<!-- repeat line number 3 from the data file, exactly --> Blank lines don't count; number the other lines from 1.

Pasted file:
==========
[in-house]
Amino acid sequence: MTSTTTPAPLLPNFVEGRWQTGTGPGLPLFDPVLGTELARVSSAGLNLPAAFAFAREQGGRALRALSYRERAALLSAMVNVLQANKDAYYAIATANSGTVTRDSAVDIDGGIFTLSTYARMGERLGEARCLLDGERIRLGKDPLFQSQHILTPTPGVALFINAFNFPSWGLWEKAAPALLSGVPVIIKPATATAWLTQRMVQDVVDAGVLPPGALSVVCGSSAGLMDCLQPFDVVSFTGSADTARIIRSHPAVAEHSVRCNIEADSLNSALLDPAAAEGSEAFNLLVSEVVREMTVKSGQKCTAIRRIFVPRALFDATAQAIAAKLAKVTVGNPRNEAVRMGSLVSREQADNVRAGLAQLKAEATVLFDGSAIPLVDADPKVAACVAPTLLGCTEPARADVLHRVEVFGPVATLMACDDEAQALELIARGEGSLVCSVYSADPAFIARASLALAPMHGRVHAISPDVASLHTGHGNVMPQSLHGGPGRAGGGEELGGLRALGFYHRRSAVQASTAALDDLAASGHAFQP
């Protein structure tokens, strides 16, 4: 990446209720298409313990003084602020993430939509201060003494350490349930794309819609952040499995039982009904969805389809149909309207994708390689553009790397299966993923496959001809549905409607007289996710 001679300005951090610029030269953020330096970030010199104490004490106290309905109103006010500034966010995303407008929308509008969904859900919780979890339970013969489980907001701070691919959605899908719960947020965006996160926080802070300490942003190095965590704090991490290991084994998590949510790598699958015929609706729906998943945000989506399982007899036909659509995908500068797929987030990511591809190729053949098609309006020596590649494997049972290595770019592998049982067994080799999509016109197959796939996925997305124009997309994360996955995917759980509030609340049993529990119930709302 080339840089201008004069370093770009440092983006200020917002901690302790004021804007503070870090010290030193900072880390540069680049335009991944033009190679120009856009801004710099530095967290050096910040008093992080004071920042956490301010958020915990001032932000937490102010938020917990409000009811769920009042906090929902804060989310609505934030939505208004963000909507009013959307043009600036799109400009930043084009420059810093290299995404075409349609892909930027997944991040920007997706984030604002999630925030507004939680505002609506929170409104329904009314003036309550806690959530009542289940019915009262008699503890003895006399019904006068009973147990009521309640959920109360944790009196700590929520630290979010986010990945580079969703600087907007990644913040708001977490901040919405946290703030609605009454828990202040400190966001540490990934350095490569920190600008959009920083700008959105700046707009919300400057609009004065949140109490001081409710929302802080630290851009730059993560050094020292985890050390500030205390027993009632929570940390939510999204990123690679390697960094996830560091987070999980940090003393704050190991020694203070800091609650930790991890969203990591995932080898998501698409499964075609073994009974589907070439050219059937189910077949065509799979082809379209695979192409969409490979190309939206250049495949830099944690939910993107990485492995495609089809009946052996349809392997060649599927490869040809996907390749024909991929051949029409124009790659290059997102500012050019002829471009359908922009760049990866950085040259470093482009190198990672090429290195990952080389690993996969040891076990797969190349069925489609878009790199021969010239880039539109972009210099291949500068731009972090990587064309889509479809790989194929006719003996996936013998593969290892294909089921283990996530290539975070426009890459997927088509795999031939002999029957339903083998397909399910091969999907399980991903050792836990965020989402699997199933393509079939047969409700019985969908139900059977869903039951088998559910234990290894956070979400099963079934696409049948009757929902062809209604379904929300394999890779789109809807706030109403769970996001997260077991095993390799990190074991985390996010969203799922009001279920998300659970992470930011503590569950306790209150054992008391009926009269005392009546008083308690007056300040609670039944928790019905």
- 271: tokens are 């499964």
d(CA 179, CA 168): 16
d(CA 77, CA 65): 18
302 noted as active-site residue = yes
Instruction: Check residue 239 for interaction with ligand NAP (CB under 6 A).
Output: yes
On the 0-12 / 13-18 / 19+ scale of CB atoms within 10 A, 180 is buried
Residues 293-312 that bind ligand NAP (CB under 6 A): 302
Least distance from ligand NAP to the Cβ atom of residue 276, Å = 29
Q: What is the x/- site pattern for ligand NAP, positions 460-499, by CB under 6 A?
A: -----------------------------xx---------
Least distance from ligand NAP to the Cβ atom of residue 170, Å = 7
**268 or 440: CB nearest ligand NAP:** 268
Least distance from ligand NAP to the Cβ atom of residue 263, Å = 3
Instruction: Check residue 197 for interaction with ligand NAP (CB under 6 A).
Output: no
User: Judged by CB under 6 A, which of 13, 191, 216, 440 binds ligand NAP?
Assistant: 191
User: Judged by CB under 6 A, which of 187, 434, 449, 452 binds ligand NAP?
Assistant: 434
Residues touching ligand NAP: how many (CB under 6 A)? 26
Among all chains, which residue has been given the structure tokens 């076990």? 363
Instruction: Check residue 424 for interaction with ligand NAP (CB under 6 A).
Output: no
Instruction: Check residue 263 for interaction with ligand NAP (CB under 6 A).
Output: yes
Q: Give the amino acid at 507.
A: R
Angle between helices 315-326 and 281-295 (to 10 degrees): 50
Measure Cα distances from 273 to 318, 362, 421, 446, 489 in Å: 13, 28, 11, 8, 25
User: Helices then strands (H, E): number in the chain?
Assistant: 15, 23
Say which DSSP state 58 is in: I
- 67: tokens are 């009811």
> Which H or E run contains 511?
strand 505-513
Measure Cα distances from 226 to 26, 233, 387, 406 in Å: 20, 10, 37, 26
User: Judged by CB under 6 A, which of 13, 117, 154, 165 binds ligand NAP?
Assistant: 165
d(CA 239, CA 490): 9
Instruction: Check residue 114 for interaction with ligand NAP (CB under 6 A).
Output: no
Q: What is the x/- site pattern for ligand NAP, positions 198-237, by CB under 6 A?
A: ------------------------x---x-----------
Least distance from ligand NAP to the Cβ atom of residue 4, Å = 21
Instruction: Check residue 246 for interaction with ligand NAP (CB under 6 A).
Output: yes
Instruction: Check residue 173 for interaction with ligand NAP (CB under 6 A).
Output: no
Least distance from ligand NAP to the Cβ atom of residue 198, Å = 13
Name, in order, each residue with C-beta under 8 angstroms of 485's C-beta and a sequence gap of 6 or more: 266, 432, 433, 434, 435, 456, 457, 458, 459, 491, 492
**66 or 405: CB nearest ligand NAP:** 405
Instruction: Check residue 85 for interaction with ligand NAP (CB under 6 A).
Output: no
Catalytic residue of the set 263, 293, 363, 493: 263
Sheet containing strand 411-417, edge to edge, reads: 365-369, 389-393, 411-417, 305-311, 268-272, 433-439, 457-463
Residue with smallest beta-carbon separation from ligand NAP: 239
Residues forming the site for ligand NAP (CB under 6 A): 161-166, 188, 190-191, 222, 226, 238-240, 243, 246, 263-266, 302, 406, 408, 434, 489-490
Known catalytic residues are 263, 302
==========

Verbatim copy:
């Protein structure tokens, strides 16, 4: 990446209720298409313990003084602020993430939509201060003494350490349930794309819609952040499995039982009904969805389809149909309207994708390689553009790397299966993923496959001809549905409607007289996710 001679300005951090610029030269953020330096970030010199104490004490106290309905109103006010500034966010995303407008929308509008969904859900919780979890339970013969489980907001701070691919959605899908719960947020965006996160926080802070300490942003190095965590704090991490290991084994998590949510790598699958015929609706729906998943945000989506399982007899036909659509995908500068797929987030990511591809190729053949098609309006020596590649494997049972290595770019592998049982067994080799999509016109197959796939996925997305124009997309994360996955995917759980509030609340049993529990119930709302 080339840089201008004069370093770009440092983006200020917002901690302790004021804007503070870090010290030193900072880390540069680049335009991944033009190679120009856009801004710099530095967290050096910040008093992080004071920042956490301010958020915990001032932000937490102010938020917990409000009811769920009042906090929902804060989310609505934030939505208004963000909507009013959307043009600036799109400009930043084009420059810093290299995404075409349609892909930027997944991040920007997706984030604002999630925030507004939680505002609506929170409104329904009314003036309550806690959530009542289940019915009262008699503890003895006399019904006068009973147990009521309640959920109360944790009196700590929520630290979010986010990945580079969703600087907007990644913040708001977490901040919405946290703030609605009454828990202040400190966001540490990934350095490569920190600008959009920083700008959105700046707009919300400057609009004065949140109490001081409710929302802080630290851009730059993560050094020292985890050390500030205390027993009632929570940390939510999204990123690679390697960094996830560091987070999980940090003393704050190991020694203070800091609650930790991890969203990591995932080898998501698409499964075609073994009974589907070439050219059937189910077949065509799979082809379209695979192409969409490979190309939206250049495949830099944690939910993107990485492995495609089809009946052996349809392997060649599927490869040809996907390749024909991929051949029409124009790659290059997102500012050019002829471009359908922009760049990866950085040259470093482009190198990672090429290195990952080389690993996969040891076990797969190349069925489609878009790199021969010239880039539109972009210099291949500068731009972090990587064309889509479809790989194929006719003996996936013998593969290892294909089921283990996530290539975070426009890459997927088509795999031939002999029957339903083998397909399910091969999907399980991903050792836990965020989402699997199933393509079939047969409700019985969908139900059977869903039951088998559910234990290894956070979400099963079934696409049948009757929902062809209604379904929300394999890779789109809807706030109403769970996001997260077991095993390799990190074991985390996010969203799922009001279920998300659970992470930011503590569950306790209150054992008391009926009269005392009546008083308690007056300040609670039944928790019905």